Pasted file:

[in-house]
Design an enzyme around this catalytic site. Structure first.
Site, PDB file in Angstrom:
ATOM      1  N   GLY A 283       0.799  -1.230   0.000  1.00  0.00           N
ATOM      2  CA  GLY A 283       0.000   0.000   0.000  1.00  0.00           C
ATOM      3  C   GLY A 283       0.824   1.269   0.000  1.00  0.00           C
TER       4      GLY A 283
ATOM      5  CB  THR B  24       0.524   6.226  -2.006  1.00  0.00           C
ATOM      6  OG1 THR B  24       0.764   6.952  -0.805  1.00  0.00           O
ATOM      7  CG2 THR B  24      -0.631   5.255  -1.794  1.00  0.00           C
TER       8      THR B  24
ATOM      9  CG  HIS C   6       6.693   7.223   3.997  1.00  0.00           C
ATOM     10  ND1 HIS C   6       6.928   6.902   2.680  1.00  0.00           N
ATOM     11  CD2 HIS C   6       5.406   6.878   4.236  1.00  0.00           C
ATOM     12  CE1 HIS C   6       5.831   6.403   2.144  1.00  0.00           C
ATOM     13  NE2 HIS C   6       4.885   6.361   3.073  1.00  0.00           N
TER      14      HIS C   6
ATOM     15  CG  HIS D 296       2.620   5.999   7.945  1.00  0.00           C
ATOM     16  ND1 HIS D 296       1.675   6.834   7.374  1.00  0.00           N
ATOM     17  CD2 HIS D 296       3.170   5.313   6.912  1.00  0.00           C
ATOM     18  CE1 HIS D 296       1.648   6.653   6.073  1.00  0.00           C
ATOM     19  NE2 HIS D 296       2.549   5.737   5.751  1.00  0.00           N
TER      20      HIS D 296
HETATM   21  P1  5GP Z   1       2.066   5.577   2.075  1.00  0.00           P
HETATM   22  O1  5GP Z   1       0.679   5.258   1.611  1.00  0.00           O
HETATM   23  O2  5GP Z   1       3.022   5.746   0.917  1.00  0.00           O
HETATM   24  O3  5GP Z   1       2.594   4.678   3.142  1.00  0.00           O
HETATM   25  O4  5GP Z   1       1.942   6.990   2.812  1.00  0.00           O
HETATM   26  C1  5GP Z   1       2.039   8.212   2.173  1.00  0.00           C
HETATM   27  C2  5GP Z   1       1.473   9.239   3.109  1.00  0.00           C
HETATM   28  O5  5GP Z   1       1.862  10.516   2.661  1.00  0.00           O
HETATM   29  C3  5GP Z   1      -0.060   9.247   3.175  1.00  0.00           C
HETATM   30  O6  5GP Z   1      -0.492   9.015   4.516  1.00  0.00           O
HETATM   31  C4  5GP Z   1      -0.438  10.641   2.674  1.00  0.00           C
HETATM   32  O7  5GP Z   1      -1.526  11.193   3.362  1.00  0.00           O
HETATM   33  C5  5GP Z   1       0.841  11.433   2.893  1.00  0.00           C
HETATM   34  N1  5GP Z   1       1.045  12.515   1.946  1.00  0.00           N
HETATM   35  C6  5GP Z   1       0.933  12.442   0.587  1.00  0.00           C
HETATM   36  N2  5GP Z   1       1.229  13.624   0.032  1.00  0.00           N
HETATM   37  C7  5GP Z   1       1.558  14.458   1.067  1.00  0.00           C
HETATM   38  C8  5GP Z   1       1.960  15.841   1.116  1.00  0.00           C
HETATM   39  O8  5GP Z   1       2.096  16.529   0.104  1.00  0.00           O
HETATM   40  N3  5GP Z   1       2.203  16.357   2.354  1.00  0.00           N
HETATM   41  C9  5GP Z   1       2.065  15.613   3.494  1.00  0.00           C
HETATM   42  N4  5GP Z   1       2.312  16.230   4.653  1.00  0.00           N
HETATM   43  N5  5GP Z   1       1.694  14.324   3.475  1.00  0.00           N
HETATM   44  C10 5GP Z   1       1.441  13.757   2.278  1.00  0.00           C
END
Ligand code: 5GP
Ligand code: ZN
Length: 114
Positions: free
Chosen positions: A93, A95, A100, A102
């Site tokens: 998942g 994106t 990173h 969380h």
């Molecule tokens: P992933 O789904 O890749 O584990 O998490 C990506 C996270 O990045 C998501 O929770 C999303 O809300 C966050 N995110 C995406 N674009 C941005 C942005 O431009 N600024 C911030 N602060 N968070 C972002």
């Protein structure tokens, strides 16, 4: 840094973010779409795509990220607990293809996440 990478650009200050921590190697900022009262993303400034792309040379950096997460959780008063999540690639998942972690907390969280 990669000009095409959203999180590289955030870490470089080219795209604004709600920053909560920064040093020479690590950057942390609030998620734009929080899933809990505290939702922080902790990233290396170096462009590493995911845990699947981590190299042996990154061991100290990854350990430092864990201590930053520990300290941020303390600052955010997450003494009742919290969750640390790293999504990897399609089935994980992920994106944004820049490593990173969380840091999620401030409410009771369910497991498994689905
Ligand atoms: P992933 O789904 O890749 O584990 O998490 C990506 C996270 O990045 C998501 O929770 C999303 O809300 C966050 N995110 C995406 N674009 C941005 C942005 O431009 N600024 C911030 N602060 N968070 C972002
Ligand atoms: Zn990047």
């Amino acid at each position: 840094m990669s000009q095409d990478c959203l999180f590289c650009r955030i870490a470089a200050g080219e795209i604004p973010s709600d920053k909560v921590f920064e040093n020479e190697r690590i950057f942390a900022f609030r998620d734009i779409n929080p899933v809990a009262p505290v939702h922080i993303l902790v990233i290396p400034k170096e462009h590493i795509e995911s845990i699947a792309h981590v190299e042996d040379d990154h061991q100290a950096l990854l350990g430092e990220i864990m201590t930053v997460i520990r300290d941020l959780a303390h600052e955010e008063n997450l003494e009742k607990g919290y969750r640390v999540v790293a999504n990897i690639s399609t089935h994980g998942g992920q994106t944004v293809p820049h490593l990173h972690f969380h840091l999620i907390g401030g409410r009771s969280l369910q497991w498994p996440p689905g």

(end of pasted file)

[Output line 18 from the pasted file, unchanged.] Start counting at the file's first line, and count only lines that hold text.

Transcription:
ATOM     15  CG  HIS D 296       2.620   5.999   7.945  1.00  0.00           C